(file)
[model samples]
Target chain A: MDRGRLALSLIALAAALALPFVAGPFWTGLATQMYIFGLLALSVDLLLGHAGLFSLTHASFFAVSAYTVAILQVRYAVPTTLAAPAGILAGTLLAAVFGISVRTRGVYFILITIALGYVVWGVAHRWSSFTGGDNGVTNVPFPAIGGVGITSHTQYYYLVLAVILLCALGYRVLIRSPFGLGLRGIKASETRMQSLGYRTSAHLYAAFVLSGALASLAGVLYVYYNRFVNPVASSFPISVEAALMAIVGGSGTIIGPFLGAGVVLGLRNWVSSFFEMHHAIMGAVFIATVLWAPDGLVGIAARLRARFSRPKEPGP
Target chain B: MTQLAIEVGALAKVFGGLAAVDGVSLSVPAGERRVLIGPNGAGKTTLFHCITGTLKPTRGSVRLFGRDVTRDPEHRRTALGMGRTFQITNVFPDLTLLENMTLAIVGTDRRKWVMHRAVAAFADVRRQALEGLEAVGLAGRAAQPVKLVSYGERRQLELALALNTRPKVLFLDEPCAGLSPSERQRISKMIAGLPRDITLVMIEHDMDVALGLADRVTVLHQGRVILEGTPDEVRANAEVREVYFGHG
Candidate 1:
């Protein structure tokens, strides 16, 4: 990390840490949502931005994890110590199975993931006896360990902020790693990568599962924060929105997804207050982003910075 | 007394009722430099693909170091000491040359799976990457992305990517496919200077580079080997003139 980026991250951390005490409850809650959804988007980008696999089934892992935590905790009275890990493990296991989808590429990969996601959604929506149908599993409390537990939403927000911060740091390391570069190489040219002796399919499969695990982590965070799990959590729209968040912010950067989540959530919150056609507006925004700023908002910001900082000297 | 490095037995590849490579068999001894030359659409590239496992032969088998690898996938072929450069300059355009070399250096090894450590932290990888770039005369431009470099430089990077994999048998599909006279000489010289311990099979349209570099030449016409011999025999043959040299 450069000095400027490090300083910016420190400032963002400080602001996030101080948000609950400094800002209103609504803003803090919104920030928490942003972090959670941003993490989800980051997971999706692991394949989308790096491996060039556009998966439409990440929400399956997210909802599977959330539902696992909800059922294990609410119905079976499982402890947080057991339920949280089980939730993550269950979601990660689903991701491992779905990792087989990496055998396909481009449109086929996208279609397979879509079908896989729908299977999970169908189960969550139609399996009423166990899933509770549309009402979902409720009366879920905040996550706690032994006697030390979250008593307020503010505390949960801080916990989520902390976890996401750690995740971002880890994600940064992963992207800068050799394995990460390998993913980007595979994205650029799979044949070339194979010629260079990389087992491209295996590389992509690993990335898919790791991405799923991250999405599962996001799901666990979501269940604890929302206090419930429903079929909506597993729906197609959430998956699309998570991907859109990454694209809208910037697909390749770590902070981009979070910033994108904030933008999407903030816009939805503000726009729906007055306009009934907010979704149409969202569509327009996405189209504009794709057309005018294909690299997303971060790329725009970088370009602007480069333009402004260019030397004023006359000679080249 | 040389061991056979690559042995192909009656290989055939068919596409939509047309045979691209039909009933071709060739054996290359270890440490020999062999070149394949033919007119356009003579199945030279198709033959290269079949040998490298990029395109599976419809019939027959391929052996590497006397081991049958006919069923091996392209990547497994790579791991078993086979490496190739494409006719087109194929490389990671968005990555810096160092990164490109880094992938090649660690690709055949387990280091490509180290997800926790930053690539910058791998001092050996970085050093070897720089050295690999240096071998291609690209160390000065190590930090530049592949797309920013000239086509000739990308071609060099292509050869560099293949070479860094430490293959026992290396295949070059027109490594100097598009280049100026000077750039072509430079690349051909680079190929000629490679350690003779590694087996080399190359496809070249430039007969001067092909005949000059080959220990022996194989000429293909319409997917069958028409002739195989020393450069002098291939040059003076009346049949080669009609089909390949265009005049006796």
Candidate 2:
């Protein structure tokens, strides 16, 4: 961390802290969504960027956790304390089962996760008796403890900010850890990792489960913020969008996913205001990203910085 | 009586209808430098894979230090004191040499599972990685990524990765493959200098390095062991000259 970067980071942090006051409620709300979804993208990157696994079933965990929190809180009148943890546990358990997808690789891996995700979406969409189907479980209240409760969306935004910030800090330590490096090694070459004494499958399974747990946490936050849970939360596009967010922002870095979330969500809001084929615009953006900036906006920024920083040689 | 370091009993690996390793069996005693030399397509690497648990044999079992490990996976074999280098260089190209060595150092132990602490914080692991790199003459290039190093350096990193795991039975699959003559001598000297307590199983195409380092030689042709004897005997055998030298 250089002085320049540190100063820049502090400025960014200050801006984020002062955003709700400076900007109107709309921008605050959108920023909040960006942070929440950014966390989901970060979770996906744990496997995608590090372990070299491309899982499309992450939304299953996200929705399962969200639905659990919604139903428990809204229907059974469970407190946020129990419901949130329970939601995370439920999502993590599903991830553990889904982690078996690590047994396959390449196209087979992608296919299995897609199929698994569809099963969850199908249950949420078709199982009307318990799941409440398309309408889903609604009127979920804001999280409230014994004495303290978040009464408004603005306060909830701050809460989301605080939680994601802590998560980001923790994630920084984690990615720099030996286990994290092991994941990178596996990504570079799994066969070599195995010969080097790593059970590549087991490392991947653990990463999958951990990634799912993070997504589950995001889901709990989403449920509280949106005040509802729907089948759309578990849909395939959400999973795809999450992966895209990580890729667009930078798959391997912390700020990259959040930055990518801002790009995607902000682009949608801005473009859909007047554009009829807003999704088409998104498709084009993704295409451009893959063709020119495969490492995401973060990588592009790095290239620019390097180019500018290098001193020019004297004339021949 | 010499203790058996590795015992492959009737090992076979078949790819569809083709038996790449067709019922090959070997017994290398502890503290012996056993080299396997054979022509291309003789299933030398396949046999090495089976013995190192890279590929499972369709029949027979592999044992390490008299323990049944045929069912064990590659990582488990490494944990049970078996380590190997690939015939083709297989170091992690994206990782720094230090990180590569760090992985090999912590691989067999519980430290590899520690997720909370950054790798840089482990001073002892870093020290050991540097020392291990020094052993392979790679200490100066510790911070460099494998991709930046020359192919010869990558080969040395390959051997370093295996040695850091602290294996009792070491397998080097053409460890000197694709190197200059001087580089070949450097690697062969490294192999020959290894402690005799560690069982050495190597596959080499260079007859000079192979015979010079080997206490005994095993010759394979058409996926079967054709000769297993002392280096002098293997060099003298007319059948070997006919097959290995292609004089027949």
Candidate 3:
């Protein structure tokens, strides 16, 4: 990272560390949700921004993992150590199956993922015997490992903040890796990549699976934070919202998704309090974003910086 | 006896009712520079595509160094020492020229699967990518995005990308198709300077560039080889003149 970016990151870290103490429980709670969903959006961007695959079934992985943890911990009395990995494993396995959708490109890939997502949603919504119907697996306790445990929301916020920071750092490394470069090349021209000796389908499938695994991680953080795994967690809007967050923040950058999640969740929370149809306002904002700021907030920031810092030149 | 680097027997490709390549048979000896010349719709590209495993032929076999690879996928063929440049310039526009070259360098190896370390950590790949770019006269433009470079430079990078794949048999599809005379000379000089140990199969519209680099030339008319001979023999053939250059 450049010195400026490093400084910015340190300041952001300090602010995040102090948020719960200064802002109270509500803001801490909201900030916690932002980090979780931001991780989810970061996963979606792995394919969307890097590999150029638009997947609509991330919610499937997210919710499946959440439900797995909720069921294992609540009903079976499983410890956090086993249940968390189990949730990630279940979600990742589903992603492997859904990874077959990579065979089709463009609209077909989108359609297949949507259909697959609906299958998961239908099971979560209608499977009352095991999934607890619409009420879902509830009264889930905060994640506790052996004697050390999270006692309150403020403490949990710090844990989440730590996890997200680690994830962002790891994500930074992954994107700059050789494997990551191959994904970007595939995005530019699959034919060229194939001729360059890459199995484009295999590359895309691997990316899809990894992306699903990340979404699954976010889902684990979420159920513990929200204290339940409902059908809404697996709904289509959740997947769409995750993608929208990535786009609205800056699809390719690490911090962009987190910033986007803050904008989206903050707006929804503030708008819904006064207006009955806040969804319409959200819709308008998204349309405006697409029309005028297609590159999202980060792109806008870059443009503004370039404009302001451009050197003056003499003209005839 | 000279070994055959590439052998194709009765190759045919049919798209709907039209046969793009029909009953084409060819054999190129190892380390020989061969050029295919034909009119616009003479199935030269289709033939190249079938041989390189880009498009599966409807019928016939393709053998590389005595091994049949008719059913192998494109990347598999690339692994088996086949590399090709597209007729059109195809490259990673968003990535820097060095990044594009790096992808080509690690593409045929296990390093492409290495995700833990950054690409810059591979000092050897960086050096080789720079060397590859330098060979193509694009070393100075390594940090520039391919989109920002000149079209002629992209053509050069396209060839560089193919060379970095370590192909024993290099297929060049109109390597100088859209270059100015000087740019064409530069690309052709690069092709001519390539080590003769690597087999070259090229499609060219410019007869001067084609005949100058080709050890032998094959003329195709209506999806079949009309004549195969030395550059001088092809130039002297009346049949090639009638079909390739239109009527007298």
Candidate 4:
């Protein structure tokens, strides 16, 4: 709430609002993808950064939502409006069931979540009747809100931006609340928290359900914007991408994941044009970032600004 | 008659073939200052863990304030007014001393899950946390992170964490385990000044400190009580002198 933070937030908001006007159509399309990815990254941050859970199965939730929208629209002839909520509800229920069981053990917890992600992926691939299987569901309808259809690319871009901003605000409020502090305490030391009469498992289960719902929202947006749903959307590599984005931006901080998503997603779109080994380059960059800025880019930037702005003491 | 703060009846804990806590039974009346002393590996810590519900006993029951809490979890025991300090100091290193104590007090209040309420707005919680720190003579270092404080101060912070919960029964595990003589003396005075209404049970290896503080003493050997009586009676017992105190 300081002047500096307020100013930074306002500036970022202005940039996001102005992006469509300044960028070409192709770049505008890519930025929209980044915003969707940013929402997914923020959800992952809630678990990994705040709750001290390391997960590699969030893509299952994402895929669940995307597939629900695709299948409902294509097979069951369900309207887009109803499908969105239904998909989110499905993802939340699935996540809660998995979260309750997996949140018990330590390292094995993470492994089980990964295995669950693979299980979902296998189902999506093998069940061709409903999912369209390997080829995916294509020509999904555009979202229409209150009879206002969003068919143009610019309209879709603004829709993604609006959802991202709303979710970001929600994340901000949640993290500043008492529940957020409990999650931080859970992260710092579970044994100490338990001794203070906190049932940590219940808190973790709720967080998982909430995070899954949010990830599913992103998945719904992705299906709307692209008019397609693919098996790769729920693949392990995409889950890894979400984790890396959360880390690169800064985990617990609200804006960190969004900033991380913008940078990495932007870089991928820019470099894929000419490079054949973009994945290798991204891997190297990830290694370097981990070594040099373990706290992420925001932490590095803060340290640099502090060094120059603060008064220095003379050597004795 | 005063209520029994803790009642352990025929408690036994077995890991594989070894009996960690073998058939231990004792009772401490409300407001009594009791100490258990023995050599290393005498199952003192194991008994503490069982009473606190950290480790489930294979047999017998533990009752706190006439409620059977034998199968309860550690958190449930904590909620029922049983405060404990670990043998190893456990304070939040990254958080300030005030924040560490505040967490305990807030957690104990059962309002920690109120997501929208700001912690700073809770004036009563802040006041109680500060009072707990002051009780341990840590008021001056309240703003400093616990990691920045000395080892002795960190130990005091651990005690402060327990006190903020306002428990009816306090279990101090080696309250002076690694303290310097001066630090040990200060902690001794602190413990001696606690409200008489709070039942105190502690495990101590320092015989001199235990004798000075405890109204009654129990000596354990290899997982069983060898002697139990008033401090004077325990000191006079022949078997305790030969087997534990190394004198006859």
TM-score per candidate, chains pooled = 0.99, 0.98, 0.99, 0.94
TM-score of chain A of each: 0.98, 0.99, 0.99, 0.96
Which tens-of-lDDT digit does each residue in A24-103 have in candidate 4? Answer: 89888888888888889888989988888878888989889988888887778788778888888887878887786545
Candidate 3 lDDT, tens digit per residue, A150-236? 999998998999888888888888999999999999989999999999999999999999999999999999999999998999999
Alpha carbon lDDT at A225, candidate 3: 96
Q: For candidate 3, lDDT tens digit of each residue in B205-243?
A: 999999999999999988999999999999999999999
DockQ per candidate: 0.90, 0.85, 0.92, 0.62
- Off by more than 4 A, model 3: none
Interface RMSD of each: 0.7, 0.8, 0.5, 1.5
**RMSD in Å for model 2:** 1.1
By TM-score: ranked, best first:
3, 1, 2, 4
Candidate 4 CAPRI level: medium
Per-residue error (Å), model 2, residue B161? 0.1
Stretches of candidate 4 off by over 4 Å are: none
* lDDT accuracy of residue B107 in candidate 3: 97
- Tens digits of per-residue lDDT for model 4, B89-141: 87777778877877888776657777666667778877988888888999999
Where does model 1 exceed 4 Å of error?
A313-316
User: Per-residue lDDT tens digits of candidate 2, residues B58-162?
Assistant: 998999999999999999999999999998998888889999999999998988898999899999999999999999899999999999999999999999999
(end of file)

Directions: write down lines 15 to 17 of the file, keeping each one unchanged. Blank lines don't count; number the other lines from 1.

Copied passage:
Candidate 3 lDDT, tens digit per residue, A150-236? 999998998999888888888888999999999999989999999999999999999999999999999999999999998999999
Alpha carbon lDDT at A225, candidate 3: 96
Q: For candidate 3, lDDT tens digit of each residue in B205-243?